The writer is a senior fellow at the Malcolm H Kerr Carnegie Middle East Center in Beirut
At first glance, the new loan agreement between the IMF and Egypt, announced on January 10, is as broad and ambitious as it is welcome.
In addition to measures addressing the country’s worsening currency crisis and deepening debt, the government in Cairo promises a major restructuring of the shares of the public and private sectors in the economy. It still envisages retaining — and actually increasing — the state’s majority footprint in sectors that currently receive the lion’s share of investment, including real estate and transport.
Nevertheless, were the government to make good on its promises, the effect would be greater than that of the privatisation process launched in 1991. Indeed, it could unleash the most significant transformation in Egypt since the “socialist decrees” that nationalised nearly the entire economy in 1961.
The commitments made to the IMF draw on a new state ownership policy drawn up by the government last year. The document promises that the state will wholly exit up to 79 economic sectors and partially exit some 45 others within three years, and increase private sector participation in public investments from 30 to 65 per cent.
Remarkably, a policy that could have far-reaching implications for the Egyptian economy apparently emerged from a mere three months of closed consultation between a limited number of government officials, members of parliament and private sector business leaders.
Moreover, while the proposed changes promise real gains, they also pose a threat to powerful institutional actors and interest groups. Yet neither the government nor Egypt’s president, Abdel Fattah al-Sisi, have publicly prepared the ground to defuse the inevitable pushback or win over key constituencies.
The fact Sisi has approved the new state ownership policy formally does not alter matters. His immediate purpose was clearly to clinch the agreement with the IMF in the hope that this would unlock an additional $14bn in credit from other international sources.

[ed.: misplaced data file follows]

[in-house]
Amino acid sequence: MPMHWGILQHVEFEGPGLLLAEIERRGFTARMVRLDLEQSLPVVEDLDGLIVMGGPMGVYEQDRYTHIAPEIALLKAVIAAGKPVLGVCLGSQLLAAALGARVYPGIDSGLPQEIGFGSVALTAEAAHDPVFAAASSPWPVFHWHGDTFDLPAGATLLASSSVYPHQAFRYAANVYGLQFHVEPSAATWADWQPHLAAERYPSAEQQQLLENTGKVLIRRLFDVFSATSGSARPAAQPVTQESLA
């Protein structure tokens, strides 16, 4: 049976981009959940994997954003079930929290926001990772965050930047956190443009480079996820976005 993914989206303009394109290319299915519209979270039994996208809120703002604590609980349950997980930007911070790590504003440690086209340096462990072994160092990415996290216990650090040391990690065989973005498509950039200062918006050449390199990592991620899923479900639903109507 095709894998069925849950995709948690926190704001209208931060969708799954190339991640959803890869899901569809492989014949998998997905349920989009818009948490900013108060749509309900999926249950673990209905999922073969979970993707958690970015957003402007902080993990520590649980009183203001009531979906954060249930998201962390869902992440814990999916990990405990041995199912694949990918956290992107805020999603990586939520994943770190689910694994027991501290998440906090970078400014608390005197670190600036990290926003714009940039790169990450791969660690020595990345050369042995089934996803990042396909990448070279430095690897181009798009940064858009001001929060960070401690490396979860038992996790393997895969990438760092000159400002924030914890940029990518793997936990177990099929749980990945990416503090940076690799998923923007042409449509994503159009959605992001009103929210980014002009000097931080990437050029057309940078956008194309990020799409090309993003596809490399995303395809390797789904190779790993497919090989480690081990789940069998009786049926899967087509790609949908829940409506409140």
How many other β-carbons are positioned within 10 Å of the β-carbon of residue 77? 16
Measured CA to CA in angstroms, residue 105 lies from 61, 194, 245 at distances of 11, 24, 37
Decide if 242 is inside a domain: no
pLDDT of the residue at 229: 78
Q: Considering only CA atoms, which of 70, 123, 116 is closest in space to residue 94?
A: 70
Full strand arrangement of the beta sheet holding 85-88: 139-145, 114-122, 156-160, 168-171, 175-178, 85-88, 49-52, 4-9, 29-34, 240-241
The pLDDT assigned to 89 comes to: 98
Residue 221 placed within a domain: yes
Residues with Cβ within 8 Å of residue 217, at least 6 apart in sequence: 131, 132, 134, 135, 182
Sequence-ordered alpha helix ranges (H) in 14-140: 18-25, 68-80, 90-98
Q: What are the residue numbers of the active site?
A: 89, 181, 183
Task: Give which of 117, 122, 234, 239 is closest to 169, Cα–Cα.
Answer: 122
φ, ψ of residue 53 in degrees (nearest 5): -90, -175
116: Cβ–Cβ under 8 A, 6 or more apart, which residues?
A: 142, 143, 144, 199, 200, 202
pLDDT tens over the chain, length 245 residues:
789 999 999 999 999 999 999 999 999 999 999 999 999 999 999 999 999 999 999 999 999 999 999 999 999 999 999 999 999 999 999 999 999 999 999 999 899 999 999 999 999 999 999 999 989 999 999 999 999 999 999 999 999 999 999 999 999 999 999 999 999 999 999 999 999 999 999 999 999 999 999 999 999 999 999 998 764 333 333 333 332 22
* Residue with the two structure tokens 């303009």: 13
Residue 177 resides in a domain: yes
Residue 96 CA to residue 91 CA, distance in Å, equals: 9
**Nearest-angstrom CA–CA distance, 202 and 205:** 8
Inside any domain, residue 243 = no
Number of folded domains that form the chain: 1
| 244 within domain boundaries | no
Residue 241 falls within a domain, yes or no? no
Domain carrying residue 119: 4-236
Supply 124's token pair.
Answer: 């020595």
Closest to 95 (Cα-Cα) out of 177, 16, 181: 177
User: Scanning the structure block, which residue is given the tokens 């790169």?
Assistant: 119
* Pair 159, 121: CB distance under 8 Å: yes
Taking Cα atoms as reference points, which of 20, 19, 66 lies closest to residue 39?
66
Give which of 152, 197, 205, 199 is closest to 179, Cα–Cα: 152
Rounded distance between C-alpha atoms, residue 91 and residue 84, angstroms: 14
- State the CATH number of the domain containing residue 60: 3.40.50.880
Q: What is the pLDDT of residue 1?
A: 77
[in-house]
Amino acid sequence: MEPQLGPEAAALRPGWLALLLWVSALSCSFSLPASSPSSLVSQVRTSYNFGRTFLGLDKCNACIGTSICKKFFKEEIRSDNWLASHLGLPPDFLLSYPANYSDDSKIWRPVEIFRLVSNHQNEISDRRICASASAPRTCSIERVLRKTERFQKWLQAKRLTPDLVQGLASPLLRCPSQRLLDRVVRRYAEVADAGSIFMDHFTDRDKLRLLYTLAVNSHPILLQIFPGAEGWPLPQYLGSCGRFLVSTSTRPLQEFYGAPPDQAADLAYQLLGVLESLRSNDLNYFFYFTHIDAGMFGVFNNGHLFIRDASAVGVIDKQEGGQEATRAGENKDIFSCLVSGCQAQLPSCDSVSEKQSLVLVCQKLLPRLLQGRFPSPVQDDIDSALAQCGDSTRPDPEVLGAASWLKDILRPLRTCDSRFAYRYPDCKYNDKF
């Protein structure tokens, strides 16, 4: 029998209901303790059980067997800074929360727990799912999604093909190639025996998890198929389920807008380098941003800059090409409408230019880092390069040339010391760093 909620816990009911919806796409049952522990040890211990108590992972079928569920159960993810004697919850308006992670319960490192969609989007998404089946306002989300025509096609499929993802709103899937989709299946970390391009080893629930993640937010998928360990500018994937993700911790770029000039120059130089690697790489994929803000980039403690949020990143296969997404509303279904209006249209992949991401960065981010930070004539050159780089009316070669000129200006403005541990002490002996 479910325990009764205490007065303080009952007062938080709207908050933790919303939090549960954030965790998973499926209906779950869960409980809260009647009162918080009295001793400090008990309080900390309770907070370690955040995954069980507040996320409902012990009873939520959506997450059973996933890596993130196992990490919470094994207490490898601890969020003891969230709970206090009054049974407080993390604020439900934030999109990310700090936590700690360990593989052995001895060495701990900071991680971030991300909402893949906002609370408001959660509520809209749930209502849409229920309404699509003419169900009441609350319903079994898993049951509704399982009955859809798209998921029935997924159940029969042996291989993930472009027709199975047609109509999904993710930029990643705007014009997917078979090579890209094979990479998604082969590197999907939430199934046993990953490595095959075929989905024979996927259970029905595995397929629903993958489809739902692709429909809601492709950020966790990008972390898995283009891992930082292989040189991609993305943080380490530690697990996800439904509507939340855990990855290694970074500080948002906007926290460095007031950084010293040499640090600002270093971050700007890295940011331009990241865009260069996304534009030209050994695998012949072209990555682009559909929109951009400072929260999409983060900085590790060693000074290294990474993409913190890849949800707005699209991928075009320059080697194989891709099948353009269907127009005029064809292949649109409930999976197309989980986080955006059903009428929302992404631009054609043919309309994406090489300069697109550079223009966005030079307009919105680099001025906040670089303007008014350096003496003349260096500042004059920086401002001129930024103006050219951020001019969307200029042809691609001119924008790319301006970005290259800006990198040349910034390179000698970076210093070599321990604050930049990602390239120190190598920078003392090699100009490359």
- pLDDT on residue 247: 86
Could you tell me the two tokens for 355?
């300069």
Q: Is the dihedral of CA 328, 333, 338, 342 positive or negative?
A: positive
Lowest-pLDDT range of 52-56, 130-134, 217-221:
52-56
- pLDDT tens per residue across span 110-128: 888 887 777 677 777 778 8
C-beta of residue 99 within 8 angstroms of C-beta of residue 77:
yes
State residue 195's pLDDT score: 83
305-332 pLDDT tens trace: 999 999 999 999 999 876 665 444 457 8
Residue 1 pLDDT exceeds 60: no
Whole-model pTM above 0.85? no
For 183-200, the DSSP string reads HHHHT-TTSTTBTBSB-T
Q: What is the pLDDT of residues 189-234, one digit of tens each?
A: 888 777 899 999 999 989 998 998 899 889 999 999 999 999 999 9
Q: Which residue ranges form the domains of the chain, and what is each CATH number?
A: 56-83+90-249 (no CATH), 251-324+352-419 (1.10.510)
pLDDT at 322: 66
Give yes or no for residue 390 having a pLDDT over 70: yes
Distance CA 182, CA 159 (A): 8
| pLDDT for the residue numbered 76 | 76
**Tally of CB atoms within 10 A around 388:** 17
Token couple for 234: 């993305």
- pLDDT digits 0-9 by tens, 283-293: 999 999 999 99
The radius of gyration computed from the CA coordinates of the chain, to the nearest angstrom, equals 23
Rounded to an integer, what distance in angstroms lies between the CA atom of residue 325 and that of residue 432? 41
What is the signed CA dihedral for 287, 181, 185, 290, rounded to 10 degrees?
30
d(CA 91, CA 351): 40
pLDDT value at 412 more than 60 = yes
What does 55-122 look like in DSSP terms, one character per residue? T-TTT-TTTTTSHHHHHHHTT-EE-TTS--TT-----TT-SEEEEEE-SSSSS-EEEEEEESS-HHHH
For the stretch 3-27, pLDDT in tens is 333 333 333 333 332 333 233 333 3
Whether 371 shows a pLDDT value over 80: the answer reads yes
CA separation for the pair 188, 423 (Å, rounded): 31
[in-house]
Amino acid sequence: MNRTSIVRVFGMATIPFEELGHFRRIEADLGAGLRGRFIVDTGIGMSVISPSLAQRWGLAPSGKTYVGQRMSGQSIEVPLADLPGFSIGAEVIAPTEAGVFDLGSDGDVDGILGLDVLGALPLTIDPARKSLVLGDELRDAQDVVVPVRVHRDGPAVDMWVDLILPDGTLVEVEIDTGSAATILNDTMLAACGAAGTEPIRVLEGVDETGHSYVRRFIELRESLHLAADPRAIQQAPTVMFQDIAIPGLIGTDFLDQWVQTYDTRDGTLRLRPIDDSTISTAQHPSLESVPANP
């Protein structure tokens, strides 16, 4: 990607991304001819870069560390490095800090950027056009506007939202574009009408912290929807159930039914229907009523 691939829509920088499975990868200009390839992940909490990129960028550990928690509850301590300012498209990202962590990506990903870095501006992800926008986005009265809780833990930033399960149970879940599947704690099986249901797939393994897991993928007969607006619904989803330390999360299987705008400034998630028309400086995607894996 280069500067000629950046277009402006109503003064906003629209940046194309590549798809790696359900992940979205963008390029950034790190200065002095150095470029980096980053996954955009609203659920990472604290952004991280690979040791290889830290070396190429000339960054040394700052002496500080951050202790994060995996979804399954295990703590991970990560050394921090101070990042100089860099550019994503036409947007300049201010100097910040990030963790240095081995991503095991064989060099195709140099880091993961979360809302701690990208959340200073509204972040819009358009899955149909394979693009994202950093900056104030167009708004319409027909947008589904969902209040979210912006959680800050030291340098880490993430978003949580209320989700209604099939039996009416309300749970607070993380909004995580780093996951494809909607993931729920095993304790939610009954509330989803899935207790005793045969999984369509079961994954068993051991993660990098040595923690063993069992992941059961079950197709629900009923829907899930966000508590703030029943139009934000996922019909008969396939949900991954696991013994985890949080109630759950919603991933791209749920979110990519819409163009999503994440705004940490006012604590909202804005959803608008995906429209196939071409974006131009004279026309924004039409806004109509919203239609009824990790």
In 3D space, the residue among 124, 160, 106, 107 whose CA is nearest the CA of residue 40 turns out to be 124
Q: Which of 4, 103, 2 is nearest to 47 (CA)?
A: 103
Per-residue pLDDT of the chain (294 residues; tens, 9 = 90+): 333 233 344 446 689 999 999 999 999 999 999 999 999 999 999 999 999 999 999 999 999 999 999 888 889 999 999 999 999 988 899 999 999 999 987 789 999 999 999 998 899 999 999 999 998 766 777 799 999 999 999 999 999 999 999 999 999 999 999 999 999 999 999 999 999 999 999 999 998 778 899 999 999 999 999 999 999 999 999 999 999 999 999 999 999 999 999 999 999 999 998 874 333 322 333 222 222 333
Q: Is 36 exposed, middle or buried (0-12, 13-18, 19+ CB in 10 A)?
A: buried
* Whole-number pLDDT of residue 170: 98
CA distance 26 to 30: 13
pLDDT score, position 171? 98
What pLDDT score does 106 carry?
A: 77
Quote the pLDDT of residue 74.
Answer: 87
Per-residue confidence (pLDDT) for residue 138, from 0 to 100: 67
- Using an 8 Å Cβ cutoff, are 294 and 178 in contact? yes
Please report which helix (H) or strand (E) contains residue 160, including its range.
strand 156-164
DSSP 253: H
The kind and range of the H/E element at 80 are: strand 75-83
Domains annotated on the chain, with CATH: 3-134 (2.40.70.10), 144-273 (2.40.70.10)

But the president’s public pronouncements and formal decrees over the past few years reveal a fundamentally different purpose: to capitalise state-owned enterprises and assets such as infrastructure with injections of private funds, while leaving them in state hands. New legislation authorises state-owned providers of services and utilities to “monetise and trade their future revenues for sale to investors”, and allows the private sector to manage government-funded projects and public works.
At the same time, the president is moving a growing list of state assets from government hands to the control of an expanding number of newly established bodies that answer directly to him. One of these is the sovereign wealth fund, which has emerged as Sisi’s preferred vehicle for attracting private capital, rather than floating state companies freely on the stock exchange. His endorsement of the state ownership policy is a misdirection, therefore, which he may nonetheless use to disguise his actual strategy.
The discrepancy between promise and reality will become most apparent in relation to the large share of public goods and services provided by military companies and agencies. The Egyptian government has told the IMF it will subject these to the same regulatory framework as their civilian public sector counterparts.
However, not only is the military in the midst of a multiyear expansion that shows no sign of abating, it has in fact continued expanding in sectors the state is supposed to be leaving.
All this may seem to put the policy framework agreed with the IMF in doubt, but the fact is that both sides need an agreement that looks good even though neither has the will nor capacity to enforce it. That significant leakages will occur is virtually written in. And foremost among these will be the non-enforcement of provisions concerning the military.
The military may not have to fight hard to preserve its economic stake this time: if the past is any guide, the government will prevaricate on its commitments to the IMF in any case. Whether other foreign partners, notably in the Gulf states, will be as forgiving is not as certain, however.
For now, Sisi will not allow a serious rift with the military, in the hope that the government can be made to bear the burden of dealing with an increasingly unhappy Egyptian public and of pleading with foreign donors. But he cannot put off confronting them indefinitely.